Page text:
The expansion of oil palm (Elaeis guineensis) plantations is a significant driver of land-use change and deforestation in the tropics. This expansion provides important economic revenues for producer countries, corporations and smallholders, but with costs of negative externalities within and beyond the landscapes in which oil palm is grown. This seminar explores ‘green’ development trajectories that balance better development and conservation goals in an environment with pervasive uncertainties. A better understanding of socioeconomic and ecological processes that shape environmental outcomes and the feedback that such outcomes impose on society will help chart a path towards more sustainable and inclusive future. The Oil Palm Adaptive Landscapes (OPAL) project proposes that the resilience of a socioecological system can be improved by (1) integrated models of the future of biodiversity and ecosystem services at the landscape level over a decadal time span, that are (2) informed by multiple stakeholder perspectives and developed through participatory modelling approaches, and (3) embedded in the decision-making processes at interrelated district, national and international scales to help stakeholders navigate and explore possible alternative futures.
OPAL is a collaborative research project led by ETH Zurich, including international institutions (CIFOR, CIRAD and WWF), universities (Pontifical Javeriana University, IPB University and EPFL Lausanne), a consulting firm specializing in oil palm (NES Naturaleza) and several local grower associations. The project engaged a number of PhD researchers in efforts to help understand the socioecological system and driver of changes shaping landscape transformation associated with oil palm development, and to come up with recommended options to improve the governance of commodity landscapes across producing countries in Asia (Indonesia), Latin America (Colombia) and Africa (Cameroon).
The 20% plasma estate provision: Building strong oil palm business partnerships in Indonesia
Republic of Indonesia Law No. 39/2014 on Plantations requires palm oil companies to facilitate the establishment of smallholder estates by setting aside 20% of their plantation area within 3 years of being granted a concession permit. Such facilitation can take the form of credit provision, benefit sharing or other types of financing. This has been the essence of partnerships between companies and communities living nearby, and constitutes a prerequisite for a plantation to be considered equitable and sustainable. However, progress with smallholder estate establishment has been slow, and, for a variety of reasons, some companies have failed to comply with this requirement of meet its targets. Factors deemed responsible for impeding the adoption and implementation of the policy include land availability, disagreements with target communities over terms of partnerships, and a perceived lack of smallholder capacity to manage plantations.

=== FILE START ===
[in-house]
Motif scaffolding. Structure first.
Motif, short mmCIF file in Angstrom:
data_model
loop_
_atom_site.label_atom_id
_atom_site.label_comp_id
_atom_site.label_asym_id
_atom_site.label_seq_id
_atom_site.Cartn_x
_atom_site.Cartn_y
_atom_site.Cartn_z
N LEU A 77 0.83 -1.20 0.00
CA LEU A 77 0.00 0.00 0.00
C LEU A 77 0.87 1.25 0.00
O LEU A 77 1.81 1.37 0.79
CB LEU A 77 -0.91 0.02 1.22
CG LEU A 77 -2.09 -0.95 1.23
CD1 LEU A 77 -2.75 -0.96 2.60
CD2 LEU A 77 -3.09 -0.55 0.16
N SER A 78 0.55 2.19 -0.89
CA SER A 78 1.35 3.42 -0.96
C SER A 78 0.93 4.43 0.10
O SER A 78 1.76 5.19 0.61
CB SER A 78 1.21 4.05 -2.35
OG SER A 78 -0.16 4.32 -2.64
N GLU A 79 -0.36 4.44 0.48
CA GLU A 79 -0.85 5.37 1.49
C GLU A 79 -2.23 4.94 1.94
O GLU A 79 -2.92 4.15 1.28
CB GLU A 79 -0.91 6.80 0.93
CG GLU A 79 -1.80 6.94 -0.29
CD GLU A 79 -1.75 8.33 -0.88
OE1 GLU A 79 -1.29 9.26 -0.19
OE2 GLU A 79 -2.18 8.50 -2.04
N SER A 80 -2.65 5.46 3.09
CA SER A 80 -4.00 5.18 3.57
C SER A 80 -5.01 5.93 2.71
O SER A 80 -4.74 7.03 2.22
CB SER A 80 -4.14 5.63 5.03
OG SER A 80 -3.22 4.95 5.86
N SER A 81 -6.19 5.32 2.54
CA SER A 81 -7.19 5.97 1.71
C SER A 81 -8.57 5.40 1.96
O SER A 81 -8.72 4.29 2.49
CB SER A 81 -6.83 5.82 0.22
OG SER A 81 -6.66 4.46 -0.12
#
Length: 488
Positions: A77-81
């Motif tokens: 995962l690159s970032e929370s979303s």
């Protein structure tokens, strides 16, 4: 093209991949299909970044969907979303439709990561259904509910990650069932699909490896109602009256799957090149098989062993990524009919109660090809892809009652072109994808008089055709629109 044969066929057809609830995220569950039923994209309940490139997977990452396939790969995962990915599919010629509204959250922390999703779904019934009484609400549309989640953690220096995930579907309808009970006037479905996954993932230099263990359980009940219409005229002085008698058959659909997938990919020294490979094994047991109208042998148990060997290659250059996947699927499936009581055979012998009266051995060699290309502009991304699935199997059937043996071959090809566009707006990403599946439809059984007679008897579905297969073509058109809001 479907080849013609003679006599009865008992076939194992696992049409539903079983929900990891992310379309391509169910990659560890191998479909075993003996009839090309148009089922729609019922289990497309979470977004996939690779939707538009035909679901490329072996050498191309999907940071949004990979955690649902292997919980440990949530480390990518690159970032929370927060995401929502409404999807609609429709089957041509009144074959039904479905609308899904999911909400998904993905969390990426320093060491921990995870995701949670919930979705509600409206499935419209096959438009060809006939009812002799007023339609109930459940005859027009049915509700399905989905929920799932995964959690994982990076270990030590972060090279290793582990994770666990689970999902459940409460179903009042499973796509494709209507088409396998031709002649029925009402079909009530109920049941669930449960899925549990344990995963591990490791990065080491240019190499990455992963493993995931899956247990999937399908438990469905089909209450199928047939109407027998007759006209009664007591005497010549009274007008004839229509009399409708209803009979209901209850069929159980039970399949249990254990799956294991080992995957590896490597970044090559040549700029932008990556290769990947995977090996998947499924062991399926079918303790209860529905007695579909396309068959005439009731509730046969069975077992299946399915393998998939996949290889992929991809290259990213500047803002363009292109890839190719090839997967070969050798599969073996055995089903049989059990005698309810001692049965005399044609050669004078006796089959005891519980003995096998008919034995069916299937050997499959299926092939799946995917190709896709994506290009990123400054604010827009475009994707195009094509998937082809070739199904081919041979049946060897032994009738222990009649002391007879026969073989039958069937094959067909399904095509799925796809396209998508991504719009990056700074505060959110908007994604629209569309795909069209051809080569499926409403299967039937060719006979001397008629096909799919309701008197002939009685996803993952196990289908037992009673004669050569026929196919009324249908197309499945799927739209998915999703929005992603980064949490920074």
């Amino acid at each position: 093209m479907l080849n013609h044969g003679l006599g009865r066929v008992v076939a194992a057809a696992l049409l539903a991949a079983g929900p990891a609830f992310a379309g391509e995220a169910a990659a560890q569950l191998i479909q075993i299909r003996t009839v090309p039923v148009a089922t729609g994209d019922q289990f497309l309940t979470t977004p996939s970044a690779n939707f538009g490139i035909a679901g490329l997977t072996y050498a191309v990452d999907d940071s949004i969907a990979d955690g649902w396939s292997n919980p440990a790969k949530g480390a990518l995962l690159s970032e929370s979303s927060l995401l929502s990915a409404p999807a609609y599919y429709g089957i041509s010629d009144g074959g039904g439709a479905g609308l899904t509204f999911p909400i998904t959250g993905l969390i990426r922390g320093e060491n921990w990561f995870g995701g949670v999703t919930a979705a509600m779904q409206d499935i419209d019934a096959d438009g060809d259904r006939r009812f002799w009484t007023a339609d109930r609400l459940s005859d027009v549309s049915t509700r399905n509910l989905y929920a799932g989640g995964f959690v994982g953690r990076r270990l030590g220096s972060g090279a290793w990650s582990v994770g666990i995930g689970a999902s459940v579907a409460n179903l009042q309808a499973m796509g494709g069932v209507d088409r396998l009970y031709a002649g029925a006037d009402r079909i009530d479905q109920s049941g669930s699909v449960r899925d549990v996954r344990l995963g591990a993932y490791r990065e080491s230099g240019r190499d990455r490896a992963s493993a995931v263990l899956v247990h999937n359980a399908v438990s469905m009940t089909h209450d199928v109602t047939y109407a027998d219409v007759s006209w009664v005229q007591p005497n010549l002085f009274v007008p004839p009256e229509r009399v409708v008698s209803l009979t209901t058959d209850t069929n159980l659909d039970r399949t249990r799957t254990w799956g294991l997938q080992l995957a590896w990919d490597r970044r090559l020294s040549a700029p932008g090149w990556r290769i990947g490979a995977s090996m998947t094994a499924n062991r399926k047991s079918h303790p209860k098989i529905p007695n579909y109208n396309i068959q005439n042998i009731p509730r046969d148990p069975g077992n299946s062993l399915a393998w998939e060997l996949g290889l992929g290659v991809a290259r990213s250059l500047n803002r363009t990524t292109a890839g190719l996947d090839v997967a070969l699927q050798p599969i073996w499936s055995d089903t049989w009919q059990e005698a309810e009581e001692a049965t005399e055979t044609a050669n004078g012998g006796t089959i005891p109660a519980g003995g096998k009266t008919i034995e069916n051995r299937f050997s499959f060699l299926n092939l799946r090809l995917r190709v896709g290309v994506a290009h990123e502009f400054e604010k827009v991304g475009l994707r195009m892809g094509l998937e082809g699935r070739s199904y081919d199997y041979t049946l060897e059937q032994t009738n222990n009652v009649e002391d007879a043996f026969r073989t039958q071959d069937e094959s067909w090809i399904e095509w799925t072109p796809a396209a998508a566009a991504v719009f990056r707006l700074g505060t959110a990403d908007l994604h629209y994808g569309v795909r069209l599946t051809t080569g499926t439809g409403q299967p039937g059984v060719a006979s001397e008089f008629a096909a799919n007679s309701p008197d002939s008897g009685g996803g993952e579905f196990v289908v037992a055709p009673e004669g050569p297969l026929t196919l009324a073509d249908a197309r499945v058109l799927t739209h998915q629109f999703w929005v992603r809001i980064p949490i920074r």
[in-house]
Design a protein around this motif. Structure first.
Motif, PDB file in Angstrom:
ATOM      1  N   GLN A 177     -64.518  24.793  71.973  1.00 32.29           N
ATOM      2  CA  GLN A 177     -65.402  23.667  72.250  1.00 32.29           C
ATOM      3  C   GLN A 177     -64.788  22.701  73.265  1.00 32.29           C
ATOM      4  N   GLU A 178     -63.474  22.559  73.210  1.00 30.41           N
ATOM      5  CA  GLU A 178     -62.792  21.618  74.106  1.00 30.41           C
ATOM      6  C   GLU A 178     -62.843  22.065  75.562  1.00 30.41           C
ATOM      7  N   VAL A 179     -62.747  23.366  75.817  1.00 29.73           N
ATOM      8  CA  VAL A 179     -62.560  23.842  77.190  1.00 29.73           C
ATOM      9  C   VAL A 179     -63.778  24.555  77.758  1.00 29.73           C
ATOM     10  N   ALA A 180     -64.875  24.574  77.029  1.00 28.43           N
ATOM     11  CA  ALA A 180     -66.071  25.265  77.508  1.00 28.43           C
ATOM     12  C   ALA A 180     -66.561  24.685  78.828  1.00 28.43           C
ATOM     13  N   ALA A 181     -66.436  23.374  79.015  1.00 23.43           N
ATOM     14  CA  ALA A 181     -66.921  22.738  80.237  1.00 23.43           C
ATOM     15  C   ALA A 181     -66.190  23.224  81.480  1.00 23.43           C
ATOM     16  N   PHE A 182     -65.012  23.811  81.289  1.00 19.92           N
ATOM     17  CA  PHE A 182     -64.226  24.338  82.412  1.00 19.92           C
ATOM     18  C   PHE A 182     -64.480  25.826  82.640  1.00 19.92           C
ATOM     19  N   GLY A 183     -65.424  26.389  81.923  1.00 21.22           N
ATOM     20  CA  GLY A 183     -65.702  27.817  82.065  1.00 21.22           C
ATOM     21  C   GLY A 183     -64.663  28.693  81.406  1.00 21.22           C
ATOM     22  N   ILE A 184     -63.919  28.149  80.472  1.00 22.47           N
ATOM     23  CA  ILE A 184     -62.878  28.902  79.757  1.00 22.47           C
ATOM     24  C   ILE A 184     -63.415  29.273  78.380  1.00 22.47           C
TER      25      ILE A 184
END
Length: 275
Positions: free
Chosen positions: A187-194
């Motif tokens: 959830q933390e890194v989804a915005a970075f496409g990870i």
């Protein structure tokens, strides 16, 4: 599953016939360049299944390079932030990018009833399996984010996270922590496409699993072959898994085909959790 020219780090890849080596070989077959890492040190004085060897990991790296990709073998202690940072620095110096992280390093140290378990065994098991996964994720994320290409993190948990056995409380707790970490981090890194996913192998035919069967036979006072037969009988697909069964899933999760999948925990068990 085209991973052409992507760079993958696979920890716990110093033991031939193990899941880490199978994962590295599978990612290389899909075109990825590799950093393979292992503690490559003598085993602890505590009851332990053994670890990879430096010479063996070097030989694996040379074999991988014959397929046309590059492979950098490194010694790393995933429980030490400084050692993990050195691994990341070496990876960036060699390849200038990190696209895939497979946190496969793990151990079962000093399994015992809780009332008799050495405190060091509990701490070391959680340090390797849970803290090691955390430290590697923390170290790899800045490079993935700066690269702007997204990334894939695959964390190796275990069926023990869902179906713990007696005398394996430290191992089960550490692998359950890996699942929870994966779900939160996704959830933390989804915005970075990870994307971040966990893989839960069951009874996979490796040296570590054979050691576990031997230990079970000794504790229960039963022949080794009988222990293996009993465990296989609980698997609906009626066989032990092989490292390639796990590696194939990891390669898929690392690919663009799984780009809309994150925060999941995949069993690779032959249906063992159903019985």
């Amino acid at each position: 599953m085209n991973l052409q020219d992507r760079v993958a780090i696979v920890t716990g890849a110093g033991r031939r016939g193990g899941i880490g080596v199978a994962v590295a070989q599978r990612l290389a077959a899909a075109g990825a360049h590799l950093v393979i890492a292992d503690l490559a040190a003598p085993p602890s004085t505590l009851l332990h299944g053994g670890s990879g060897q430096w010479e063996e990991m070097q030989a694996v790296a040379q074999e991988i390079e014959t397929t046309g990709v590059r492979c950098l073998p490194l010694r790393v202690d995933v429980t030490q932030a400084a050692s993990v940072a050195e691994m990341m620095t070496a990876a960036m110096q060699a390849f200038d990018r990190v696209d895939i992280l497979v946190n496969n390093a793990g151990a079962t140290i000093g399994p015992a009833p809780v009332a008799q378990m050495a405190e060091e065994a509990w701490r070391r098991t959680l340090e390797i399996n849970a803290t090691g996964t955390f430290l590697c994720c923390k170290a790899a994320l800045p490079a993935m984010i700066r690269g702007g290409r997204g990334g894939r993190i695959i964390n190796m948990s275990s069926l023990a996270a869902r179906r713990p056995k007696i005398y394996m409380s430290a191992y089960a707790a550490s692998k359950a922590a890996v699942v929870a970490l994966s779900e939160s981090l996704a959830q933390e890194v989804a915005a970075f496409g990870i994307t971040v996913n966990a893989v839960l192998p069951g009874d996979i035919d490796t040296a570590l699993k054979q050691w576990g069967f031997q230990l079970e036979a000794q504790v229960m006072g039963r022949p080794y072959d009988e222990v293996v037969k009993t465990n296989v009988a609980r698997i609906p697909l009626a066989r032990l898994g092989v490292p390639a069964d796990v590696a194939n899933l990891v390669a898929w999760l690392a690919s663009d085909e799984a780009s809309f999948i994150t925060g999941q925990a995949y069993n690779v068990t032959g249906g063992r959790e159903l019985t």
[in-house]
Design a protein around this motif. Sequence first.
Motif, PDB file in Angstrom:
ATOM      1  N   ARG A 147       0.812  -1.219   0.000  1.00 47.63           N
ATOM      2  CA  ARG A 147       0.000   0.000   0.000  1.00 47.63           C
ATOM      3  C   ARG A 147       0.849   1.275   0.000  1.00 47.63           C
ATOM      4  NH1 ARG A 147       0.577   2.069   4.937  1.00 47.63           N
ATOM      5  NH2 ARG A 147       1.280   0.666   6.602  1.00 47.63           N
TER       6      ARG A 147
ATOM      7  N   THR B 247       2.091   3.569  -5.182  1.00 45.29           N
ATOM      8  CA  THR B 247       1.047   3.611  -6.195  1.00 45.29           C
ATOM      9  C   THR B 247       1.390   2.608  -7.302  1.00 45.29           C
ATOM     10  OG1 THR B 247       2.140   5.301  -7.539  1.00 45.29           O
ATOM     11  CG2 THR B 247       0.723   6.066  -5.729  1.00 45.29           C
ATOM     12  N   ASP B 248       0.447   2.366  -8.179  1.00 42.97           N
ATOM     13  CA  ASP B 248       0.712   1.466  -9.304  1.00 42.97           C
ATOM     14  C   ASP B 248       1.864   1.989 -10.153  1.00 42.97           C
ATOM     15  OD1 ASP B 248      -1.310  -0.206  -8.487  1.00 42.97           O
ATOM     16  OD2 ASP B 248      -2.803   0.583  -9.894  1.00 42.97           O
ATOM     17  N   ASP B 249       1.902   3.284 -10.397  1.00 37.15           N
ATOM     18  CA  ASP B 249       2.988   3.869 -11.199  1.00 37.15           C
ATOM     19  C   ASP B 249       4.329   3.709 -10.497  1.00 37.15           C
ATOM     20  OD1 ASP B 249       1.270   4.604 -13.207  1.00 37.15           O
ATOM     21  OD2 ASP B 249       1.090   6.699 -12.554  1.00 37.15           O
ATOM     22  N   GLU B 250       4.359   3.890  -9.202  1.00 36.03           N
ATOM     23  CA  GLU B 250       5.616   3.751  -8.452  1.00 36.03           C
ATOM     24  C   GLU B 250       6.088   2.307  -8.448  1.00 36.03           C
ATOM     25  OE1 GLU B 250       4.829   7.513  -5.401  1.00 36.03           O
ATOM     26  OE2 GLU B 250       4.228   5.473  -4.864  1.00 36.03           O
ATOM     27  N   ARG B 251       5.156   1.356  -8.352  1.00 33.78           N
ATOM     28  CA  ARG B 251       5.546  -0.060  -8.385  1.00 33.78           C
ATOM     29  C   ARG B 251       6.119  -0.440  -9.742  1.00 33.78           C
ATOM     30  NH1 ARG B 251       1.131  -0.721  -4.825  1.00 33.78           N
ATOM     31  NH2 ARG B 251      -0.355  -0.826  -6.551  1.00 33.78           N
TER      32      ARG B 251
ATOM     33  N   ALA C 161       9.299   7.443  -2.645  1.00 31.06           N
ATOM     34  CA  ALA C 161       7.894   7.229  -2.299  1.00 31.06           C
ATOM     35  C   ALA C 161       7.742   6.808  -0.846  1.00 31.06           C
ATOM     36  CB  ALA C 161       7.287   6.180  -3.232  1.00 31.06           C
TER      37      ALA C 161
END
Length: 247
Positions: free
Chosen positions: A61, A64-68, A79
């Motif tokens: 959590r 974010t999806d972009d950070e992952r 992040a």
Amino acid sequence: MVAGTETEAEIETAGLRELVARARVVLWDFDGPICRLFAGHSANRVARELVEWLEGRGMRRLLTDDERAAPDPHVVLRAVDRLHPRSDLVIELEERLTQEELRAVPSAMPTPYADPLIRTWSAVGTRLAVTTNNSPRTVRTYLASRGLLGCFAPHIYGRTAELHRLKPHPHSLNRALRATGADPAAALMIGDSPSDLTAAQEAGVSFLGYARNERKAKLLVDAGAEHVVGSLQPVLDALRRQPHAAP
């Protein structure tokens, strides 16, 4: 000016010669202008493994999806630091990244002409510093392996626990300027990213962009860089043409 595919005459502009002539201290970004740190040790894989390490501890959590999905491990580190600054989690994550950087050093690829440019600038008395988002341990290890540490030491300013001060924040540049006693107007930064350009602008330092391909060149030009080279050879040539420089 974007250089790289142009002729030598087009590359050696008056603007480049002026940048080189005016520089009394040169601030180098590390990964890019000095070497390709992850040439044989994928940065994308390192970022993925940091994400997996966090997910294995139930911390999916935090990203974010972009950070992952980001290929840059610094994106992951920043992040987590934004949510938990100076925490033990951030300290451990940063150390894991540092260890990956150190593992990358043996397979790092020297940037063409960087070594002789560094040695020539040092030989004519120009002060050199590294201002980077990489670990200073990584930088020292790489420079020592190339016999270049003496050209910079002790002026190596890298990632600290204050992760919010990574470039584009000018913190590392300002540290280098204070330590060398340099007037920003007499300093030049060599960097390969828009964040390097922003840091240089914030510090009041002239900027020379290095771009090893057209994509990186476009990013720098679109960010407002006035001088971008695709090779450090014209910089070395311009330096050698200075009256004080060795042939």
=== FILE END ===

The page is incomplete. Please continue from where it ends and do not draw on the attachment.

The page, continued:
To address the problem, the Ministry of Agriculture has embarked upon a program to revise the policy and has commissioned a taskforce comprising experts and representatives of the Indonesian Palm Oil Association to identify problems, revise the policy and develop guidelines for companies in implementing their obligation to facilitate the establishment of community smallholder estates.
It is important for stakeholders to be aware of this new policy development, and listen to concerns raised by companies and other stakeholders, including academics and civil society organizations, and share their input. Also, now is the right time to discuss the implications of the newly enacted Omnibus law (Law No. 11/2020) – aimed primarily at boosting investment across sectors – for palm oil business partnerships and how it could lead to a stronger palm oil industry.
Drawing from their research in East Kalimantan, during this current webinar, Dr. Bayu Eka Yulian, Fakhrizal Nashr and Rizka Amalia, three of the PhD scholars supported by OPAL, wish to share and discuss their key research findings and thoughts on how to enhance the sustainable governance of oil palm plantation development through improved land allocation and agrarian, inclusive independent smallholder supply chain and certification systems.
For more information: Fitri Heryani, firstname.lastname@example.org This online seminar will use Bahasa Indonesia.